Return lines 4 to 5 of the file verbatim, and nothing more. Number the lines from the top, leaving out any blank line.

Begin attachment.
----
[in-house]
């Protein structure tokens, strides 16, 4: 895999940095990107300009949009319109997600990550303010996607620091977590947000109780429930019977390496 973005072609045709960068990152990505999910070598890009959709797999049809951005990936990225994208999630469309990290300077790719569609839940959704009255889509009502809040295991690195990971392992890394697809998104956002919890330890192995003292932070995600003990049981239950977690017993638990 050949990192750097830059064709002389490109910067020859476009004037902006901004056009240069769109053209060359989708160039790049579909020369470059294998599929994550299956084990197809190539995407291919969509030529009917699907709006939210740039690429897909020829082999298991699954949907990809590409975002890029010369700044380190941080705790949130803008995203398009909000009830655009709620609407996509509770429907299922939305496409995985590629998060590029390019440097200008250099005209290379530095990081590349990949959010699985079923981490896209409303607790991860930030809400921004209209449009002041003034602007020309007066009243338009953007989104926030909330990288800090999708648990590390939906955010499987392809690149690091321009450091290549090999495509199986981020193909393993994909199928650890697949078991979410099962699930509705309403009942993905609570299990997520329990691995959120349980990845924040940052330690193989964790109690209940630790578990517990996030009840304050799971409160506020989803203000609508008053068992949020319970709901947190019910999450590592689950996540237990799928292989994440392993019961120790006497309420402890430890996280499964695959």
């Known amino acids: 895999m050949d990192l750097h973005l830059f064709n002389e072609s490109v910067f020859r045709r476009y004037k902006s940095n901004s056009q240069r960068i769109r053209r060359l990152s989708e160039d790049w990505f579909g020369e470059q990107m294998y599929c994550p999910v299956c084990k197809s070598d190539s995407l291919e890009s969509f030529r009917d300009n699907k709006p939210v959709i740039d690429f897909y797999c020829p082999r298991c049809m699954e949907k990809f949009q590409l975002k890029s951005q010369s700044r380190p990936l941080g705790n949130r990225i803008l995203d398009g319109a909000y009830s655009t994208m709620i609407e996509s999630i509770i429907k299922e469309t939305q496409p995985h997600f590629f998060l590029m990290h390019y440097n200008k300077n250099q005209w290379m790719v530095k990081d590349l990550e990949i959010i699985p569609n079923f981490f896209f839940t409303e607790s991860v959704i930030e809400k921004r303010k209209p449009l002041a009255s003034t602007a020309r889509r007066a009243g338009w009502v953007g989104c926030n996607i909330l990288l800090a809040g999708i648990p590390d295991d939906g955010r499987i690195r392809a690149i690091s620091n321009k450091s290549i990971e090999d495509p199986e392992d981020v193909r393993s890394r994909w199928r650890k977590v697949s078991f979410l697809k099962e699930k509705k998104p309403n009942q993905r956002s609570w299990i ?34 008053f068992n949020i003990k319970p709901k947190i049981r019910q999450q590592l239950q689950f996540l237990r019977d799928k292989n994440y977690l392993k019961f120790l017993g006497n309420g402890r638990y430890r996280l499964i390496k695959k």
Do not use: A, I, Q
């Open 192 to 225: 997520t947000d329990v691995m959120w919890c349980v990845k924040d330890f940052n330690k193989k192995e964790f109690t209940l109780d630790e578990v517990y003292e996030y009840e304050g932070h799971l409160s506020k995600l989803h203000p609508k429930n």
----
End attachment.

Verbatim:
Do not use: A, I, Q
């Open 192 to 225: 997520t947000d329990v691995m959120w919890c349980v990845k924040d330890f940052n330690k193989k192995e964790f109690t209940l109780d630790e578990v517990y003292e996030y009840e304050g932070h799971l409160s506020k995600l989803h203000p609508k429930n």